How to sort a LinkedList In Java?

In this post, we will look at how we can sort a LinkedList in Java using some inbuilt functions. We will be looking at the below points.

Let’s have a look at all of them one by one.

How to sort a LinkedList in ascending order?

We will be using the Collections.sort() method of the Collections class in java.util package to sort the linked list.

What does this method do? It will accept a list as an argument and sort the list in ascending order ( according to the natural ordering of the element ). It is a static method, so we can directly call this method using its class name.
Note: To use this method, the elements of the LinkedList must implement a Comparable interface, and all of the elements of the LinkedList should also be mutually comparable.

Code Example
import java.util.Collections;
import java.util.LinkedList;

public class Codekru {

	public static void main(String[] args) {

		LinkedList<Integer> li = new LinkedList<Integer>();

		li.add(62);
		li.add(53);
		li.add(42);
		li.add(23);
		li.add(453);

		System.out.println("LinkedList before sorting: " + li.toString());

		Collections.sort(li); // sorting the elements of the linked list

		System.out.println("LinkedList after sorting in ascending order: " + li.toString());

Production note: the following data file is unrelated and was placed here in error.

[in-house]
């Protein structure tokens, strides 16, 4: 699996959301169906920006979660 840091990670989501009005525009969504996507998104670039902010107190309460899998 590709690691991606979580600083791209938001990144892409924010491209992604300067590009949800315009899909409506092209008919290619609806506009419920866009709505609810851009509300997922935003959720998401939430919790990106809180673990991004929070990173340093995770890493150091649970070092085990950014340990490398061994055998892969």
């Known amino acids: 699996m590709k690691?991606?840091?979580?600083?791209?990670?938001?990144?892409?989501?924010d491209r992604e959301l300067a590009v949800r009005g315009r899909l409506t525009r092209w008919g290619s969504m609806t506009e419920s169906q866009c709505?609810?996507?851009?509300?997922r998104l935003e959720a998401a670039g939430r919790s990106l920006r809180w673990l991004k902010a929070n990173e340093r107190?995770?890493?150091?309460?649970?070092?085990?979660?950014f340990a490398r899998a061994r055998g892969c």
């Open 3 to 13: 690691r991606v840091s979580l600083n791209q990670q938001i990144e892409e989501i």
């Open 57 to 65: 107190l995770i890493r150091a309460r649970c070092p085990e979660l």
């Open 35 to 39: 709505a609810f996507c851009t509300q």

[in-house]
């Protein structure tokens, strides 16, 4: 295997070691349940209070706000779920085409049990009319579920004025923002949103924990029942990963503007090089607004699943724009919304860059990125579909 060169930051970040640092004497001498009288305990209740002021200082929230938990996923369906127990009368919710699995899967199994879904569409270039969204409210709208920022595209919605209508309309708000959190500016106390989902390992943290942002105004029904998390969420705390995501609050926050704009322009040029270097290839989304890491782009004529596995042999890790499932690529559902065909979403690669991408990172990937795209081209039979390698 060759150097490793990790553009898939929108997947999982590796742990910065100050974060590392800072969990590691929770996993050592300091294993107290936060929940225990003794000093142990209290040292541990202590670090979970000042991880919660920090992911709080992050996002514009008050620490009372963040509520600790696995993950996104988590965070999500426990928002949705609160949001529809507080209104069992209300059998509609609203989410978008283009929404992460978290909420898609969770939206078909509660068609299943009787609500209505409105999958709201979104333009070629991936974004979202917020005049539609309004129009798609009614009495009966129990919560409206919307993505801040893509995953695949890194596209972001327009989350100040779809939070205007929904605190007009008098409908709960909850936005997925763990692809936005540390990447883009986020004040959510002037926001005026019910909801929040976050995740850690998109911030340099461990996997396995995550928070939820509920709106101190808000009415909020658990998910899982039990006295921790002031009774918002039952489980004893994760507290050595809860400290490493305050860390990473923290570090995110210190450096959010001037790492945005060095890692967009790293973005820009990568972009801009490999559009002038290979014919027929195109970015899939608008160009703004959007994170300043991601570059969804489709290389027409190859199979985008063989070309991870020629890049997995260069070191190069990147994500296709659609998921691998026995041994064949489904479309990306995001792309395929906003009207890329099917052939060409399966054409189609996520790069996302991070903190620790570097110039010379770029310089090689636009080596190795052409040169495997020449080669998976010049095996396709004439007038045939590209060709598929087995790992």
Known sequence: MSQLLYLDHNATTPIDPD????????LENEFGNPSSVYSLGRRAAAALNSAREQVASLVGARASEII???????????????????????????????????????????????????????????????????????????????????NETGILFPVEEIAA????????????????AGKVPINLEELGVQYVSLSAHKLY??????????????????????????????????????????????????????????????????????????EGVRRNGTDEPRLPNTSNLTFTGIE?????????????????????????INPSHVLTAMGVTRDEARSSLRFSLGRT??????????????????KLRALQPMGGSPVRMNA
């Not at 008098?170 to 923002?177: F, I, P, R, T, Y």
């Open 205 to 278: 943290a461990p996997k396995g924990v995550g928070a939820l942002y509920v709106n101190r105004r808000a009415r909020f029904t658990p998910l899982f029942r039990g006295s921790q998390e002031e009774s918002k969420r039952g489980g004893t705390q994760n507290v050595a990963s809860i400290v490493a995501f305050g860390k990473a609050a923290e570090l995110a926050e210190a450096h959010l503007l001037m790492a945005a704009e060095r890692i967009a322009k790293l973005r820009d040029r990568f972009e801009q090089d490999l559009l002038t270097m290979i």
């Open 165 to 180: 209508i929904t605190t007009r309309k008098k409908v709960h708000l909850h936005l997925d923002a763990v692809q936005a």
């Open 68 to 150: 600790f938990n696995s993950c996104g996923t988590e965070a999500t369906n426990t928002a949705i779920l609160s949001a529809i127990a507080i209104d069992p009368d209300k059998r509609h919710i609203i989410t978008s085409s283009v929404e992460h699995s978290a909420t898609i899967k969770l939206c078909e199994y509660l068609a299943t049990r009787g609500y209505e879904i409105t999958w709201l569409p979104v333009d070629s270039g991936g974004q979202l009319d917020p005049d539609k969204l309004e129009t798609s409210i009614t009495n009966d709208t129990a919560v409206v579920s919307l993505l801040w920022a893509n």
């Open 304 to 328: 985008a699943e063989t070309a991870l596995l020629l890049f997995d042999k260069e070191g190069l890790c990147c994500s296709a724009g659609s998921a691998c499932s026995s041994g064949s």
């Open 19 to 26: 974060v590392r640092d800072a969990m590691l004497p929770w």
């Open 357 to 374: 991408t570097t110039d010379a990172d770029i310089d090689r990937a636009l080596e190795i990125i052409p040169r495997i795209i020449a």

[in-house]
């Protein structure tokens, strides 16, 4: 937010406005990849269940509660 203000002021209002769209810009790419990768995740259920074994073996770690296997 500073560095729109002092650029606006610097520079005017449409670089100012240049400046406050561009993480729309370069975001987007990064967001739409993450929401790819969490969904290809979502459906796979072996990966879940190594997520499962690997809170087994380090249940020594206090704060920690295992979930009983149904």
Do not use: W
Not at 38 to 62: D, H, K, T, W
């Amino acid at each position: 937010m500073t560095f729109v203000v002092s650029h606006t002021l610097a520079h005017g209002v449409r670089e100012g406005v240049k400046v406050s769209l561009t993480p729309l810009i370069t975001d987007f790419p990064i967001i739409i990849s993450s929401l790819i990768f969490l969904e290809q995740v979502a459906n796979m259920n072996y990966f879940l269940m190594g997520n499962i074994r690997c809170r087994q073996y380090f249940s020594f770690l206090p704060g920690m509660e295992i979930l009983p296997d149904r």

}
}

Output –

LinkedList before sorting: [62, 53, 42, 23, 453]
LinkedList after sorting: [23, 42, 53, 62, 453]

Sorting a linked list in descending order

Sorting a linked list in descending order is pretty easy as we only have to reverse the linked list sorted in ascending order ( which we already did above).

We will be using the Collections.reverse() function, a static function to reverse the list passed in its arguments. So, sorting a linked list in descending order is only a two-step process –

  • Sort the linked list in ascending order.
  • And then reverse the linked list.
import java.util.Collections;
import java.util.LinkedList;

public class Codekru {

	public static void main(String[] args) {

		LinkedList<Integer> li = new LinkedList<Integer>();

		li.add(62);
		li.add(53);
		li.add(42);
		li.add(23);
		li.add(453);

		System.out.println("LinkedList before sorting: " + li.toString());

		Collections.sort(li); // sorting the elements of the linked list
		Collections.reverse(li);  // reversing the linked list

		System.out.println("LinkedList after sorting in descending order: " + li.toString());
	}
}

Output –

LinkedList before sorting: [62, 53, 42, 23, 453]
LinkedList after sorting in descending order: [453, 62, 53, 42, 23]

Sorting a LinkedList of custom-made objects

Let’s make a class named Person having two variables ( age and height ), and we will try to sort a list of Person objects based on their age in ascending order. We have not made any getters and setters methods to make the code look shorter. 😛

Person.java

class Person {

	int age;
	int height;

	public Person(int age, int height) {
		this.age = age;
		this.height = height;
	}

	// using toString() method to print only the person's age
	public String toString() {